BILLERICA — As families throughout the region struggle to regain their financial footing after the recession, educators at Shawsheen Valley Technical High School are taking steps to teach students how to manage their money.
The school has partnered with Cambridge Savings Bank to offer seniors classes on personal finance. The students, many of whom work part time or have secured paid internships through Shawsheen’s cooperative education program, learn the basics of budgeting, saving, and managing credit. They also learn how to protect themselves from fraud and identity theft.
The class delves into these weighty topics with humor and dramatic flair. The students perform an impromptu theater skit, the “lunchtime loan,” to highlight the importance of repaying debts to establish creditworthiness, and wave green and pink flash cards to signal whether certain financial moves — opening several credit accounts, having a parent co-sign a loan, or shunning credit cards and exclusively using debit cards for purchases — would be good or bad for their credit scores.
“It’s a reality check for students who come from families of all income levels,” said Cambridge Savings Bank vice president and financial education program manager Evan Diamond, who has been teaching the CSBsmart program since 2010.
Students who have completed the personal finance program believe it may offer life lessons that transcend traditional math courses like algebra and calculus.
“I learned how to balance a checkbook and figure out my budget,” said Sarah McSheehy, 17, of Wilmington, a culinary arts student at Shawsheen who aspires to be a nutritionist.
“They’re lessons that will help me now and when I head off to college,” she said. “The classes taught me how to better protect myself when it comes to my financial life.”
The nation’s recent financial meltdown, coupled with Americans having to shoulder increasing responsibility for their financial future as traditional pensions vanish, has provided added incentive to ensure that students understand how to navigate the economic landscape.
Equipping high school students with basic knowledge about checking accounts, savings, and credit cards will enable them to better understand the perils of debt and make informed financial decisions as they prepare for the world beyond high school, educators said.
“Often, high schools don’t have the opportunity to offer this kind of program, but it’s so important to expose students to these topics, especially vocational students who are already working and earning paychecks,” said Carissa Karakaedos, assistant superintendent-director at Shawsheen, which draws students from a number of communities, including Bedford, Billerica, Burlington, Tewksbury, and Wilmington.
Charles Lyons, Shawsheen’s superintendent-director, noted that 54 percent of this year’s 323 seniors are employed in co-op positions, gaining practical, hands-on job experience that complements their classroom lessons.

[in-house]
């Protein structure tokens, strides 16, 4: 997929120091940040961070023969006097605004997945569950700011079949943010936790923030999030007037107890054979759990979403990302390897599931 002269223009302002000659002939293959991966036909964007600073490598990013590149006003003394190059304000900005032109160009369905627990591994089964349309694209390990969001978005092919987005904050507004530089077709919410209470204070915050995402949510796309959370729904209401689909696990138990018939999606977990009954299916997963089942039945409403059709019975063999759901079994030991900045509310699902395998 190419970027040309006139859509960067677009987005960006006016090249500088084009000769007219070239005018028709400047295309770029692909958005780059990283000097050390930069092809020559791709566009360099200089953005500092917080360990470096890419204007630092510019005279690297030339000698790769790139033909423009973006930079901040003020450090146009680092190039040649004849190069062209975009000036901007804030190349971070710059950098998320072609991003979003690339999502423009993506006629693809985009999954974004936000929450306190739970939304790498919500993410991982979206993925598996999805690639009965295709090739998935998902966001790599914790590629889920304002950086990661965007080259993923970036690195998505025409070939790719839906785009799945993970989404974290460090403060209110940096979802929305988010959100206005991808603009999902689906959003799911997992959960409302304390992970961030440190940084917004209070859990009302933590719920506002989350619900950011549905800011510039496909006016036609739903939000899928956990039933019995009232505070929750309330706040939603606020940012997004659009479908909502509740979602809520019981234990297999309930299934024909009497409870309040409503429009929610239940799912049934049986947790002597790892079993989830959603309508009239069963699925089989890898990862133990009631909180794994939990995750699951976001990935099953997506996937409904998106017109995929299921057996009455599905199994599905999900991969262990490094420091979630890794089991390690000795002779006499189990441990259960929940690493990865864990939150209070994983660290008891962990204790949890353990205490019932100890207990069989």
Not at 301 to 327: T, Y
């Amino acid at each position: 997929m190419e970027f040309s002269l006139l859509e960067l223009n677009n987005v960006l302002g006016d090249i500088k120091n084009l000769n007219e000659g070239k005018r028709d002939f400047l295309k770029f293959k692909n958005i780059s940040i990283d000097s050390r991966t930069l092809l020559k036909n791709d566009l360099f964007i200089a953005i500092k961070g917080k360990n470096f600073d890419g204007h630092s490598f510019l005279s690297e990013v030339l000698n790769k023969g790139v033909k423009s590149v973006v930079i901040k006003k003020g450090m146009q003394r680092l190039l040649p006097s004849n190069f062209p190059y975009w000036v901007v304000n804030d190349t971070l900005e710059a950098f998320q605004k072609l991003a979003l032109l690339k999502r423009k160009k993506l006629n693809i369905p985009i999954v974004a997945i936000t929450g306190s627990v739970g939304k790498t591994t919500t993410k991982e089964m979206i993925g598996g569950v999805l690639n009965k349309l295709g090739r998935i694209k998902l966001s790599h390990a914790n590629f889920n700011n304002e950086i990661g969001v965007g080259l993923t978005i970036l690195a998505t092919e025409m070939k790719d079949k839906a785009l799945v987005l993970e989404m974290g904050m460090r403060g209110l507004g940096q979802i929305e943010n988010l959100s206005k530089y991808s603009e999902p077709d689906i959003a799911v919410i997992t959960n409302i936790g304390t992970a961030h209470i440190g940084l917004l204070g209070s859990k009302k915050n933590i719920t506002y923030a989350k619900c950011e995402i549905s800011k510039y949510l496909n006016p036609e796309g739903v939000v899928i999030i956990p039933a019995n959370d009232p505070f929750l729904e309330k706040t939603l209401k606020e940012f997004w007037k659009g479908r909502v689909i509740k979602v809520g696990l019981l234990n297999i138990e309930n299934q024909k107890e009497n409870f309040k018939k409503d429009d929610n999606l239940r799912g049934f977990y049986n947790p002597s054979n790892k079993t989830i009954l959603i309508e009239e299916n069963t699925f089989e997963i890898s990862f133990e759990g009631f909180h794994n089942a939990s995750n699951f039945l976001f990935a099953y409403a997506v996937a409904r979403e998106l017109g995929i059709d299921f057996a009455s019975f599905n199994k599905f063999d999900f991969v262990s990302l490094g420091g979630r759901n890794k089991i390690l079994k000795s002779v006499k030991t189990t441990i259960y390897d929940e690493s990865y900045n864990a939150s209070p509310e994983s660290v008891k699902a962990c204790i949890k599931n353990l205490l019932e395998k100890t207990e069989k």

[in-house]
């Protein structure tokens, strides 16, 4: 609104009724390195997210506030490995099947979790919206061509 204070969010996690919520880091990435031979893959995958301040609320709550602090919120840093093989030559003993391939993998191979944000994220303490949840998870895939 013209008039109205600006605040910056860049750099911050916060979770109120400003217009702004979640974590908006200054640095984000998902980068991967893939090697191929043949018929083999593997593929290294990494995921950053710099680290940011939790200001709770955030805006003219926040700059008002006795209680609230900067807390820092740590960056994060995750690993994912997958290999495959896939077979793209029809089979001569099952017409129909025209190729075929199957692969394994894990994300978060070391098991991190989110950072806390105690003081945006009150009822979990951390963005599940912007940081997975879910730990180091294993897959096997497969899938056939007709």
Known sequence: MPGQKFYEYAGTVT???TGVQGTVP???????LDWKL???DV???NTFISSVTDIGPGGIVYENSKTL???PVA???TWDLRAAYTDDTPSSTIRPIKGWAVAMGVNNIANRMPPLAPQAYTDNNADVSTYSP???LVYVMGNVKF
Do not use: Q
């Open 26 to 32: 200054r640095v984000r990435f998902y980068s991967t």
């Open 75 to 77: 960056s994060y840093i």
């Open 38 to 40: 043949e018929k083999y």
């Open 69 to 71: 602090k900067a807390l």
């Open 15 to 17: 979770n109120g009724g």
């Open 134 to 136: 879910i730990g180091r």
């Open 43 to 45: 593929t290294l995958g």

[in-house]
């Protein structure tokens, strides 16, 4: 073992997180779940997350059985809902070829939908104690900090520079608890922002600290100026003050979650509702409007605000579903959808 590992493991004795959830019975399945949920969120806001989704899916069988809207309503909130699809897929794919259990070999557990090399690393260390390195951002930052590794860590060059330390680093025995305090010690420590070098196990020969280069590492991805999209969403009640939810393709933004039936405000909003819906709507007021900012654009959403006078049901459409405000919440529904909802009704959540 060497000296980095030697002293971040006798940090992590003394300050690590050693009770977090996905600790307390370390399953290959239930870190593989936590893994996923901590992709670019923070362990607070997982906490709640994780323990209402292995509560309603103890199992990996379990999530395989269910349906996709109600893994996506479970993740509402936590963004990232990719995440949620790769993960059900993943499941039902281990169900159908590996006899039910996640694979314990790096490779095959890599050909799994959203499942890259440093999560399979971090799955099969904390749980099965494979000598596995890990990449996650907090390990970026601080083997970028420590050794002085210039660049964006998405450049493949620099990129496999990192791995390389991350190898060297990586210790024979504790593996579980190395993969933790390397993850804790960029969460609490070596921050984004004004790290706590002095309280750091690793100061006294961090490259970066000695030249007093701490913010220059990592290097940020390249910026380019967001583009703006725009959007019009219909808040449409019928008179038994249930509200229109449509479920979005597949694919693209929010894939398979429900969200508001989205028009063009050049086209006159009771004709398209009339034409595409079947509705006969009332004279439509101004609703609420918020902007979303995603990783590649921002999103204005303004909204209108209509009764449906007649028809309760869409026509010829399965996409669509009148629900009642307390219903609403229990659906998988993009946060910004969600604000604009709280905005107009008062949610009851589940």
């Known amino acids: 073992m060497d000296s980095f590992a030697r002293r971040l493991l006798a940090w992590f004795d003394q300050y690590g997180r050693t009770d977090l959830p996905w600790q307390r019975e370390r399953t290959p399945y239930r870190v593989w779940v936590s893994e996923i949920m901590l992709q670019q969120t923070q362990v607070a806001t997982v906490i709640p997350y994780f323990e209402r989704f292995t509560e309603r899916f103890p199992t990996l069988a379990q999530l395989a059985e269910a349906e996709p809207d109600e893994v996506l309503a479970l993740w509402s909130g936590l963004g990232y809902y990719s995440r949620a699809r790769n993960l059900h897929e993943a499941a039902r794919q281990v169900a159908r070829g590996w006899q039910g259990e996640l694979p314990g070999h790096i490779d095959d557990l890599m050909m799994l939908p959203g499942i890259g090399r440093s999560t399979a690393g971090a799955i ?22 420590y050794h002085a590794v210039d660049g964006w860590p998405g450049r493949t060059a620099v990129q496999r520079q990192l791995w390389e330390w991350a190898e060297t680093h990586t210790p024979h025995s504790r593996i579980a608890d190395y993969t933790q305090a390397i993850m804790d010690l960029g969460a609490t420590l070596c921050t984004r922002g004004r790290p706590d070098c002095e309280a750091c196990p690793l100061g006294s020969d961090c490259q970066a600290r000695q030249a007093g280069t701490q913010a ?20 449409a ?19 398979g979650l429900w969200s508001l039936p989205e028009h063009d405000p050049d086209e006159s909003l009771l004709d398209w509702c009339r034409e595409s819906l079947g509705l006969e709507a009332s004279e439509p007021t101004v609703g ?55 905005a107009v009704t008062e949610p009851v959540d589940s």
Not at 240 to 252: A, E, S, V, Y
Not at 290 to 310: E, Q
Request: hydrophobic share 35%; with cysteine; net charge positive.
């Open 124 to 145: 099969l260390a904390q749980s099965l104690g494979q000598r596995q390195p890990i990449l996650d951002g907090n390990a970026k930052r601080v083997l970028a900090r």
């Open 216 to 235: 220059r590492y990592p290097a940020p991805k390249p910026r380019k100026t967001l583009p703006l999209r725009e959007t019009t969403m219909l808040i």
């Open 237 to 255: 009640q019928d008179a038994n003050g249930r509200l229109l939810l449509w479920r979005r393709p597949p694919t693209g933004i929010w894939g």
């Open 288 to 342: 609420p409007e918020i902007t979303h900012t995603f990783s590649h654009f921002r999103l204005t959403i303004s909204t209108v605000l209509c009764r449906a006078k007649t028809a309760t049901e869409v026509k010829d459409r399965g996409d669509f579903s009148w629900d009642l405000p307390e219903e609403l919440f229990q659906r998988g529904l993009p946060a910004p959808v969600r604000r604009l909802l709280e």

All of the regional school’s 12th-graders, regardless of whether they participate in cooperative education, are expected to complete the CSBsmart program as part of a related theory class, an academic course that is designed to equip them with skills they can apply to their shop classes.
In all, the bank offers four personal finance classes throughout the year: budgeting and saving; managing a checking account; credit smarts; and fraud smarts.
“We are thrilled with the program,” said Lyons, noting that the bank provides the classes at no charge to the district. “It’s not free money, but it’s invaluable financial advice.”
Over the past three years, Cambridge Savings Bank has educated 8,891 participants, from kindergarten students to retirees, through similar financial education programs. The CSBsmart program has reached 2,354 high school students since 2010, Diamond said. This is the second year the program has been offered to Shawsheen’s seniors; Somerville High School also has participated.
Just 22 states require students to take an economics course to earn a high school diploma, according to a survey released in 2011 by the Council for Economic Education, an organization that strives to improve the economic and financial education of students in kindergarten through grade 12.
Massachusetts is not among them, so many districts choose to cover personal finance in other courses, such as math classes that touch on accounting principles.
Diamond is hopeful that the recent mortgage crisis and economic downturn will prompt more schools to offer stand-alone courses in personal finance and fill the gap between what students know about economics and what they need to know. Students — and their parents — need to understand the impact that overspending can have, not only on household finances but also on the overall economy, he said.
“Education is one way to tackle that problem,” Diamond said. “Students need to understand the pitfalls of spending more than they earn, of relying too heavily on credit. They need to know how to build a favorable credit history and prevent unmanageable debt.”
McSheehy said the most important lesson rom the CSBsmart course was that she doesn’t need to be a Wall Street whiz to master her finances.
“I’ve been working for about six months now,” she said. “This class helped me figure out how to save more of what I earn.”